ASU hosts Chinese Language Summer Camp for Arizona students

June 15, 2017

On June 4, thirty middle and high school students arrived at Arizona State University to kick off the ninth annual ASU Startalk Chinese Language Summer Camp.

The camp marks an opportunity for Arizona’s brightest students to come together and develop their Chinese-language skills and cultural understanding. From the day they set foot on the ASU campus, students are immersed in the Chinese language and culture. Students remain at the camp twenty-four hours a day, sleeping in campus dormitories, eating with camp staff and other students, and engaging in full slate of daily activities. Lasting for a total of fifteen days, the camp offers a unique learning environment for its participants who came from nineteen schools in ten cities around the state, Participants pose with the fruits of their labor after practicing calligraphy during Startalk 2017. Download Full Image

The core activity of the camp is Chinese-language instruction. Students spend several hours a day in Chinese classes taught by experienced area instructors and teaching assistants. Classes, which range from the beginner to the intermediate level, are organized around a yearly camp theme. This year’s theme, “Let’s Plan a Family Reunion Trip to China,” places emphasis on giving students the ability to plan travel in Chinese-speaking countries. Students create a travel planner and carry out a variety of in-class activities and presentations based on the camp theme. Students also have individualized tutoring sessions with teaching assistants in the evenings.

Classes are conducted almost entirely in Chinese, forcing students to develop their listening and speaking skills. While full language immersion can be difficult for language learners of any age, learning alongside other highly-motivated students helps create a positive and cooperative educational environment for camp participants, and students note the improvement they make as the camp progresses. At the end of the camp, students create a poster and a slide show presentation advertising a vacation to one of their favorite Chinese cities.

Language instruction, however, is only the beginning of camp activities. Afternoons include hands-on cultural activities with topics such as dance, calligraphy and Chinese knots. Students also participate in evening activities such as Chinese movies and games, and are introduced to a variety of foods through Chinese lunches, a dumpling-making activity and a "fear factor" food-tasting game.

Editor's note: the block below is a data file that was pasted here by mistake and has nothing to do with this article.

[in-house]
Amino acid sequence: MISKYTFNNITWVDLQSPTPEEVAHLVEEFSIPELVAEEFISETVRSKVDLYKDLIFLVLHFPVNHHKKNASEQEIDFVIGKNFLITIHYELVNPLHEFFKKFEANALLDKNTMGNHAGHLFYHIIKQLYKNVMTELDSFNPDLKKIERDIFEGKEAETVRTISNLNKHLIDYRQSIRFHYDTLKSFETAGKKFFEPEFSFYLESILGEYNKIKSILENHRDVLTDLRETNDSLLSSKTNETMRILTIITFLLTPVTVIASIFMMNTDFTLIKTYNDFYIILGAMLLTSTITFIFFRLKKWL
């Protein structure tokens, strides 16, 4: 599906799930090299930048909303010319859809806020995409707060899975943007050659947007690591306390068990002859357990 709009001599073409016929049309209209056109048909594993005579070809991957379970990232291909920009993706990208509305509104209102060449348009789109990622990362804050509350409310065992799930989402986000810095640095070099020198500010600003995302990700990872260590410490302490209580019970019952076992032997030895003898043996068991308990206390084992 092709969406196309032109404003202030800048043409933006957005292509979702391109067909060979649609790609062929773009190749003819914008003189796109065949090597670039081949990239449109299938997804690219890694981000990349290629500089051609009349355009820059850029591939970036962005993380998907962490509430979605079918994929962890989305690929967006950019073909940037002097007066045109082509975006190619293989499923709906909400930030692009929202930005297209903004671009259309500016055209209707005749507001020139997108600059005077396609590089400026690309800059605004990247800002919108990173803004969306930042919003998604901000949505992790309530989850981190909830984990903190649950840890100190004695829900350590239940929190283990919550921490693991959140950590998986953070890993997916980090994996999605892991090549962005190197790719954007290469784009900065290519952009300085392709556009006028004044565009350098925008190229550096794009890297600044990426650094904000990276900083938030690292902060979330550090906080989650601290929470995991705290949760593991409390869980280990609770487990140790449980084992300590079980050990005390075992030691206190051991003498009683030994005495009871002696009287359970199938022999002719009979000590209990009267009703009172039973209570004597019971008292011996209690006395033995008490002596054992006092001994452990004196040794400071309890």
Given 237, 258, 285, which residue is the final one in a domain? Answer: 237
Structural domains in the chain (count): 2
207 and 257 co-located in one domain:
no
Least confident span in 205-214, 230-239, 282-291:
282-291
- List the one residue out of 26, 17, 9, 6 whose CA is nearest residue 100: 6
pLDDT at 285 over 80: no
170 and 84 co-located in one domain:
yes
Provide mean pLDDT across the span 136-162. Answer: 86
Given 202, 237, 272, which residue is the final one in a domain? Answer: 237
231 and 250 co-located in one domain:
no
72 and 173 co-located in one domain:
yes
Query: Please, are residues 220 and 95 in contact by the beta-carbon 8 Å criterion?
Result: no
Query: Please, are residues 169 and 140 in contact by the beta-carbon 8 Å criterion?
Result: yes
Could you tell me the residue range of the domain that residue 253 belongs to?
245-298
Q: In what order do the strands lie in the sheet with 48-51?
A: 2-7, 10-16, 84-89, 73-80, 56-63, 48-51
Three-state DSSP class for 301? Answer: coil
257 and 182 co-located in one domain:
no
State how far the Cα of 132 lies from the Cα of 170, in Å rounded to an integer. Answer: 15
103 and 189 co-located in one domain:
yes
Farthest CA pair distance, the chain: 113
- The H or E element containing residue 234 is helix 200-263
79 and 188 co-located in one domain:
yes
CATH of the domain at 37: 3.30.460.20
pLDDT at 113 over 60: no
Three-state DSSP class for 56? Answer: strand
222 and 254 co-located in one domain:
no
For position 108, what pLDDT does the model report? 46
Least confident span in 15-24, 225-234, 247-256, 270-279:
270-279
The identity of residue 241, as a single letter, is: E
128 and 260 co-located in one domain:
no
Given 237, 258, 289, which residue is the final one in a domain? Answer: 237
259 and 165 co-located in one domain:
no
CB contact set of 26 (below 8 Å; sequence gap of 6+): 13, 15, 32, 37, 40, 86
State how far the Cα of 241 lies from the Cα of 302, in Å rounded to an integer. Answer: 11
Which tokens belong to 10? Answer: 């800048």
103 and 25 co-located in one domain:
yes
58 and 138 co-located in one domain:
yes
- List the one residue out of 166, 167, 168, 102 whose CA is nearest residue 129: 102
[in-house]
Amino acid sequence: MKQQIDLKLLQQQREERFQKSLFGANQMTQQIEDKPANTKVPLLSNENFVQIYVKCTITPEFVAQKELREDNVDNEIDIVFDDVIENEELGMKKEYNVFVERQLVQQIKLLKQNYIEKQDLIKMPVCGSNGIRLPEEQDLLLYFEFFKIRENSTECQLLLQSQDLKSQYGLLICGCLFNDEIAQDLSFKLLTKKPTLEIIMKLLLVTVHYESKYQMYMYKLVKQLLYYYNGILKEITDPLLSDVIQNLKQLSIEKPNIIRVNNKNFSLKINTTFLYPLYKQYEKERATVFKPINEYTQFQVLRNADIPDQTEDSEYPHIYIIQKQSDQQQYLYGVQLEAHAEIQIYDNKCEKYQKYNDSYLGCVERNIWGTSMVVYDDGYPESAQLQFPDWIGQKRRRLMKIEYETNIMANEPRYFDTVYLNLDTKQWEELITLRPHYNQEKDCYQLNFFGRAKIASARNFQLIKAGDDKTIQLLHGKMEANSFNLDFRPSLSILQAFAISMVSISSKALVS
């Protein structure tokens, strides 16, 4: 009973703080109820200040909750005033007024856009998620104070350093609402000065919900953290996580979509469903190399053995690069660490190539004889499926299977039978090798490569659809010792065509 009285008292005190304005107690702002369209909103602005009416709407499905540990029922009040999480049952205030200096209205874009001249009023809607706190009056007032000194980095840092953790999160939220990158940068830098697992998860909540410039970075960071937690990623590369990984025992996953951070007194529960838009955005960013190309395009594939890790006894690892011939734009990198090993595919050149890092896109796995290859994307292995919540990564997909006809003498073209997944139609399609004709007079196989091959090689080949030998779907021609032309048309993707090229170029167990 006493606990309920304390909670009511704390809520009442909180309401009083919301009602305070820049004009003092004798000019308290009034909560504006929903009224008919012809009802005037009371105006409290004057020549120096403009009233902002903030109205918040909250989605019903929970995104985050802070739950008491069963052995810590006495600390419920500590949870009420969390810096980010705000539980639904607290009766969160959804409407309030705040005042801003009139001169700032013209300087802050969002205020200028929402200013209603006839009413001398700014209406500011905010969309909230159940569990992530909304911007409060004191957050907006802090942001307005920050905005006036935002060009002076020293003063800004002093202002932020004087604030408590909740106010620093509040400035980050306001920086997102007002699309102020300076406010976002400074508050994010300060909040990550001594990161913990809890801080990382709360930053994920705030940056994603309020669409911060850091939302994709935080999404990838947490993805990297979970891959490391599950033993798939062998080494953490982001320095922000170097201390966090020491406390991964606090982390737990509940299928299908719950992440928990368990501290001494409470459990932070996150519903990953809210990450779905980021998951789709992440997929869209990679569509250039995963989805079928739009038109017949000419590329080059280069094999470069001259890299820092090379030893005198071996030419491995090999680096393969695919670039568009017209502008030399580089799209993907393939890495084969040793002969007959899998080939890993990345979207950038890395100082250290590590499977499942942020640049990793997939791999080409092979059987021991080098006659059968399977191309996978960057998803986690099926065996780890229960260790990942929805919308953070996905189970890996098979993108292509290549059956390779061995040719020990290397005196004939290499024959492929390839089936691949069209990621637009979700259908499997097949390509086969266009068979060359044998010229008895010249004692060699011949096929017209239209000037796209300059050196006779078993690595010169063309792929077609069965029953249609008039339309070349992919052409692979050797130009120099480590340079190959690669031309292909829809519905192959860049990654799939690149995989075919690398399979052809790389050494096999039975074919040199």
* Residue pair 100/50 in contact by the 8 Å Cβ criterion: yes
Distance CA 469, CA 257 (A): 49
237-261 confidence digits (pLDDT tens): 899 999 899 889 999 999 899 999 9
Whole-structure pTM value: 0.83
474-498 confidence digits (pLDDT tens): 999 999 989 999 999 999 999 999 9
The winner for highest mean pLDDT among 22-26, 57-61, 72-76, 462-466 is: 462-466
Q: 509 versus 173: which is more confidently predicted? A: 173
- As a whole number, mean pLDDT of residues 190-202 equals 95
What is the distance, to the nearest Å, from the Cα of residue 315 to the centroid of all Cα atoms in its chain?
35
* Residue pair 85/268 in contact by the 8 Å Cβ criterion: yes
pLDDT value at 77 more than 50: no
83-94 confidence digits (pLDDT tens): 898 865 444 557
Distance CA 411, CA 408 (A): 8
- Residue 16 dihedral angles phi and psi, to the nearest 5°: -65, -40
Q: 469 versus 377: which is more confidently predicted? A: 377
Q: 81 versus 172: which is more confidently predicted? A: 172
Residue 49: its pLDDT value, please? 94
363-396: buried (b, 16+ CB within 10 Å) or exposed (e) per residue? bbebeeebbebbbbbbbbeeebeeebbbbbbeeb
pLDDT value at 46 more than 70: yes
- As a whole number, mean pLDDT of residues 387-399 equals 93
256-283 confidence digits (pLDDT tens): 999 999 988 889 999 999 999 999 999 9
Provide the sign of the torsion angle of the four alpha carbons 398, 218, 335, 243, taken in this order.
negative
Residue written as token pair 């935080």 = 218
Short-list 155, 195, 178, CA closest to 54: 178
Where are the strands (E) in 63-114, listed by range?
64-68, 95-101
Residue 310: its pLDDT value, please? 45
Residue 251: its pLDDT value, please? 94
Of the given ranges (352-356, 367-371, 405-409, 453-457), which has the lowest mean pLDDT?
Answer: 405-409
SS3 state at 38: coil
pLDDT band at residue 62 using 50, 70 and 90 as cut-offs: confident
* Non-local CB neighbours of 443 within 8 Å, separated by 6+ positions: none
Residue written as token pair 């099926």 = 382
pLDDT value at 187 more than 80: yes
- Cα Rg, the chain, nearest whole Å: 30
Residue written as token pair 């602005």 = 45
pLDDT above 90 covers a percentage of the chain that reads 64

Guest instructors also join the camp to conduct cultural activities; for instance, a disciple of a Shaolin master visited campus this week to give a martial arts class for students. Through these activities, students gain exposure to different aspects of Chinese culture, while learning and practicing specialized Chinese vocabulary related to each activity.

Participants and staff of Startalk 2017 take a break during the intensive fifteen-day program.

 One highlight of the week is an off-campus trip to Mekong Plaza in Mesa. After beginning the day with a dim sum brunch, students are sent on a scavenger hunt at the plaza supermarket. As with other camp activities, students must use their newly-acquired language skills to complete the activity, seeking out a list of Chinese foods and drinks from the variety of items on display at the market. The Mekong field trip gives students an opportunity to utilize their learning in the "real world."

On the last day of the camp, students celebrate and share their progress with friends, family and teachrs by putting on a performance. One aspect of the performance is the presentation of group projects on China’s major cities, done entirely by the students in Chinese. In addition, each does a song and dance number. 

According to program director Xia Zhang, the camp is an enjoyable and valuable experience for students.